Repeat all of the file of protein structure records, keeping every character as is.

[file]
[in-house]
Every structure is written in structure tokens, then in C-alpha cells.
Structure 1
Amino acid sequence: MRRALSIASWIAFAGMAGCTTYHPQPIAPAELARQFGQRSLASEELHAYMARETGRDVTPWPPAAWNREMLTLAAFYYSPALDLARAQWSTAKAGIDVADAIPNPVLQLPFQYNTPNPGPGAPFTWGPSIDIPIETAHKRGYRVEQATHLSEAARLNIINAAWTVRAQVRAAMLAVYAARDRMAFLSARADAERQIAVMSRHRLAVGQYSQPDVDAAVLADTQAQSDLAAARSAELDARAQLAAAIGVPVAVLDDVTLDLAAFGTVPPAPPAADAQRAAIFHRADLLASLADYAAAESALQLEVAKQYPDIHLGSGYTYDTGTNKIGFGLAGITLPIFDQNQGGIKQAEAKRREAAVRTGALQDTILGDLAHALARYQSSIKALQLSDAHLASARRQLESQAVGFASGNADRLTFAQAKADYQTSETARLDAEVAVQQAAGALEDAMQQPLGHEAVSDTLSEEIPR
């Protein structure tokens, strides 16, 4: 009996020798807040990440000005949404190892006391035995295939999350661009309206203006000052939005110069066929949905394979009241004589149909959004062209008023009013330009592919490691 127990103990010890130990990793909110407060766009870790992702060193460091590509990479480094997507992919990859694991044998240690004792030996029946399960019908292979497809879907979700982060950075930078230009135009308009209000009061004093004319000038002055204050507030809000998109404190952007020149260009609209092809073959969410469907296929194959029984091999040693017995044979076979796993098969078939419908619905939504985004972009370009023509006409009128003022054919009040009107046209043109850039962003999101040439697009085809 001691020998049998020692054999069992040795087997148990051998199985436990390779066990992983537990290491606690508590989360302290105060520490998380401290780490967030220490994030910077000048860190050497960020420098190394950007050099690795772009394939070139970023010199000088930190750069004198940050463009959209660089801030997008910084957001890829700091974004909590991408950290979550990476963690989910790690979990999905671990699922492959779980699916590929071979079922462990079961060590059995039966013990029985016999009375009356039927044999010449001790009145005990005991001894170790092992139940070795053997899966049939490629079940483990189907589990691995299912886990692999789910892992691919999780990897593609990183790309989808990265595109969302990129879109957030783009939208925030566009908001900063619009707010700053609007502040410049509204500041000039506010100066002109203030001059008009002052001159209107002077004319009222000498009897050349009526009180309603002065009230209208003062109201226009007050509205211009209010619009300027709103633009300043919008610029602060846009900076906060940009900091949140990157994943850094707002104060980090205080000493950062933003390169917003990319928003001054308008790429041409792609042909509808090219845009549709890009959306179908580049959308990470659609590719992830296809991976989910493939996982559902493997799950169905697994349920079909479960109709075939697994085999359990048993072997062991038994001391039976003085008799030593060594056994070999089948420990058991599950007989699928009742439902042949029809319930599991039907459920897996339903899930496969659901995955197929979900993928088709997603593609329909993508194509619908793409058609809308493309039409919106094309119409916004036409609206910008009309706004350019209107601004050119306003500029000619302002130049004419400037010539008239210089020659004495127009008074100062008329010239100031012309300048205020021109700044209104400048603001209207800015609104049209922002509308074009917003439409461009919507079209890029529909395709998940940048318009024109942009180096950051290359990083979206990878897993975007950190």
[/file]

[in-house]
Every structure is written in structure tokens, then in C-alpha cells.
Structure 1
Amino acid sequence: MRRALSIASWIAFAGMAGCTTYHPQPIAPAELARQFGQRSLASEELHAYMARETGRDVTPWPPAAWNREMLTLAAFYYSPALDLARAQWSTAKAGIDVADAIPNPVLQLPFQYNTPNPGPGAPFTWGPSIDIPIETAHKRGYRVEQATHLSEAARLNIINAAWTVRAQVRAAMLAVYAARDRMAFLSARADAERQIAVMSRHRLAVGQYSQPDVDAAVLADTQAQSDLAAARSAELDARAQLAAAIGVPVAVLDDVTLDLAAFGTVPPAPPAADAQRAAIFHRADLLASLADYAAAESALQLEVAKQYPDIHLGSGYTYDTGTNKIGFGLAGITLPIFDQNQGGIKQAEAKRREAAVRTGALQDTILGDLAHALARYQSSIKALQLSDAHLASARRQLESQAVGFASGNADRLTFAQAKADYQTSETARLDAEVAVQQAAGALEDAMQQPLGHEAVSDTLSEEIPR
């Protein structure tokens, strides 16, 4: 009996020798807040990440000005949404190892006391035995295939999350661009309206203006000052939005110069066929949905394979009241004589149909959004062209008023009013330009592919490691 127990103990010890130990990793909110407060766009870790992702060193460091590509990479480094997507992919990859694991044998240690004792030996029946399960019908292979497809879907979700982060950075930078230009135009308009209000009061004093004319000038002055204050507030809000998109404190952007020149260009609209092809073959969410469907296929194959029984091999040693017995044979076979796993098969078939419908619905939504985004972009370009023509006409009128003022054919009040009107046209043109850039962003999101040439697009085809 001691020998049998020692054999069992040795087997148990051998199985436990390779066990992983537990290491606690508590989360302290105060520490998380401290780490967030220490994030910077000048860190050497960020420098190394950007050099690795772009394939070139970023010199000088930190750069004198940050463009959209660089801030997008910084957001890829700091974004909590991408950290979550990476963690989910790690979990999905671990699922492959779980699916590929071979079922462990079961060590059995039966013990029985016999009375009356039927044999010449001790009145005990005991001894170790092992139940070795053997899966049939490629079940483990189907589990691995299912886990692999789910892992691919999780990897593609990183790309989808990265595109969302990129879109957030783009939208925030566009908001900063619009707010700053609007502040410049509204500041000039506010100066002109203030001059008009002052001159209107002077004319009222000498009897050349009526009180309603002065009230209208003062109201226009007050509205211009209010619009300027709103633009300043919008610029602060846009900076906060940009900091949140990157994943850094707002104060980090205080000493950062933003390169917003990319928003001054308008790429041409792609042909509808090219845009549709890009959306179908580049959308990470659609590719992830296809991976989910493939996982559902493997799950169905697994349920079909479960109709075939697994085999359990048993072997062991038994001391039976003085008799030593060594056994070999089948420990058991599950007989699928009742439902042949029809319930599991039907459920897996339903899930496969659901995955197929979900993928088709997603593609329909993508194509619908793409058609809308493309039409919106094309119409916004036409609206910008009309706004350019209107601004050119306003500029000619302002130049004419400037010539008239210089020659004495127009008074100062008329010239100031012309300048205020021109700044209104400048603001209207800015609104049209922002509308074009917003439409461009919507079209890029529909395709998940940048318009024109942009180096950051290359990083979206990878897993975007950190």